Fate/Samurai Remnant brings Waxing Moon brawls by night, and bustling Edo life by day
The Fate franchise is often billed as "The Ultimate Tale of Heroes", and it can certainly give that impression. The original concept of resurrecting Heroic Spirits from history and legend to battle it out as superpowered "Servants" bound to a human Master has held across now-dozens of distinct brands and subseries, each with a particular twist on the formula. And with Fate/Samurai Remnant, veteran developer Omega Force seeks to blend a new, historically-grounded Fate story with the studio's roots in the over-the-top Musou (a.k.a. Warriors) action games.
Going by the few hours I received with a preview build of the game, the results are promising.
The Fate/Samurai Remnant build I was given access to on PC covered the beginning of the story and a significant chunk of the first chapter. This preview build felt quite complete: It contained a full English localization, Japanese voice acting (with English subtitles), and seamless controller support, complete with distinct button prompts for PS5 gamepads, something I don't see as often as I'd like in multiplatform titles. The performance was equally smooth, with no noticeable dips in framerate on my PC, even with various programs running in the background.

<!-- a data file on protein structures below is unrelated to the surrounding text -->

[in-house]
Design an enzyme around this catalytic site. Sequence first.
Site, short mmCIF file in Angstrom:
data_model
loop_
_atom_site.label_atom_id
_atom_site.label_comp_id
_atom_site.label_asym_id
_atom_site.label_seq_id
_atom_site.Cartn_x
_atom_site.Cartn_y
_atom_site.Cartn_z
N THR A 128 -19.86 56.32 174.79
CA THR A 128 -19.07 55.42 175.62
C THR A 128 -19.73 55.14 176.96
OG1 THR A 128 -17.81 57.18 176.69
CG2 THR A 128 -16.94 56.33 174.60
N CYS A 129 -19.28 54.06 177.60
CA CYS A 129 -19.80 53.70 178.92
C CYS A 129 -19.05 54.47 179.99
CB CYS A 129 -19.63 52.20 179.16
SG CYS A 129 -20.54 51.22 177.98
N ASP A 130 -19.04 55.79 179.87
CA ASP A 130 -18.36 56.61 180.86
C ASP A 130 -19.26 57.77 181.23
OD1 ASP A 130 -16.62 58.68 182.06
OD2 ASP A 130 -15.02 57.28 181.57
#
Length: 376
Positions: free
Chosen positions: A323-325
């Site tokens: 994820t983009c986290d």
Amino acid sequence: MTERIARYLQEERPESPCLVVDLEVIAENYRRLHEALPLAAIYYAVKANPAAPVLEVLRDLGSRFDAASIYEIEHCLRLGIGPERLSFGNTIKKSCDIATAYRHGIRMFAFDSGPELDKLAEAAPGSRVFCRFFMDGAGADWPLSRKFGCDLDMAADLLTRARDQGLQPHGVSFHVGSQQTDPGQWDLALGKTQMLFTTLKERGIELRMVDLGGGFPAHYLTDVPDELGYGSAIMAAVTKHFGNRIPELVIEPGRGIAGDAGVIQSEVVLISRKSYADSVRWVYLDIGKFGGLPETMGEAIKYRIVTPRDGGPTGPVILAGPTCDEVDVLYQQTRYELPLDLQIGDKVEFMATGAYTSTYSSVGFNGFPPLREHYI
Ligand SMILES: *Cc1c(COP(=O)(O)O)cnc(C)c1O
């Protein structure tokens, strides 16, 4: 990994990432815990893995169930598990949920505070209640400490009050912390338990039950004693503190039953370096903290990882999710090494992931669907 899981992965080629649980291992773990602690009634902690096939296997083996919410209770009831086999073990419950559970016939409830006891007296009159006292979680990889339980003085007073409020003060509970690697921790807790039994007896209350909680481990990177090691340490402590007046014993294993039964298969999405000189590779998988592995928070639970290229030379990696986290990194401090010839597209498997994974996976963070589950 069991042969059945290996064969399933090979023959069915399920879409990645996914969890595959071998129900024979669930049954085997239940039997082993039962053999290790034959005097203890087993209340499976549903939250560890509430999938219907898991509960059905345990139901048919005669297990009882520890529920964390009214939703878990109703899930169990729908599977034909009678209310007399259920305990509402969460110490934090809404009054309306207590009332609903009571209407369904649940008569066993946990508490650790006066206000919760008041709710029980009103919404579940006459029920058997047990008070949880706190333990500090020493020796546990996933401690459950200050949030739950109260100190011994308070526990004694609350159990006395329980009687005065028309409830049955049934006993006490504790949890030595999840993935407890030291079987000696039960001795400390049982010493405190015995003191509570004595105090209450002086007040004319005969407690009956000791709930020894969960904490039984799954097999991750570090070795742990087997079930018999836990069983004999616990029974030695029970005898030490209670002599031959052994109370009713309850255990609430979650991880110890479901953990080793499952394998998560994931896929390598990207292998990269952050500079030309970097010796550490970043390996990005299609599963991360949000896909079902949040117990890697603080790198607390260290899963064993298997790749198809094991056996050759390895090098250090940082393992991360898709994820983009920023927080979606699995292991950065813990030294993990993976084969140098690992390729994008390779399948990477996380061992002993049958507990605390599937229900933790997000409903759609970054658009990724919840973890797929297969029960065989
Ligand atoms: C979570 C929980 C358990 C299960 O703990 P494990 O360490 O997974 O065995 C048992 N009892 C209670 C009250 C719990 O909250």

It also gave me full, natural access to the game's systems up to a certain cutoff point in the story. My time with the game was substantial enough that prior to that cutoff, I even wondered if I had somehow mistakenly been given a copy of the final release more than a month in advance, and not the typical "media build" trotted out for previews.
The notes provided by Koei Tecmo said that the build contained "about 3 to 4 hours" worth of content to play, including side quests and miscellaneous objectives. But by the time I'd hit the cutoff, Steam told me I had more than 7 hours clocked in, with what seemed like plenty of game left to go through from there.
As has been reported in our other coverage of the game, Fate/Samurai Remnant stars Miyamoto Iori, the adopted son and disciple of legendary swordsman Miyamoto Musashi. Unable to properly inherit Musashi's famed Niten Ichiryu style of swordsmanship due to his teacher's death, Iori has been scraping by by as a freelance bodyguard in Asakusa, a neighborhood of Edo (as Tokyo was known back in 1651).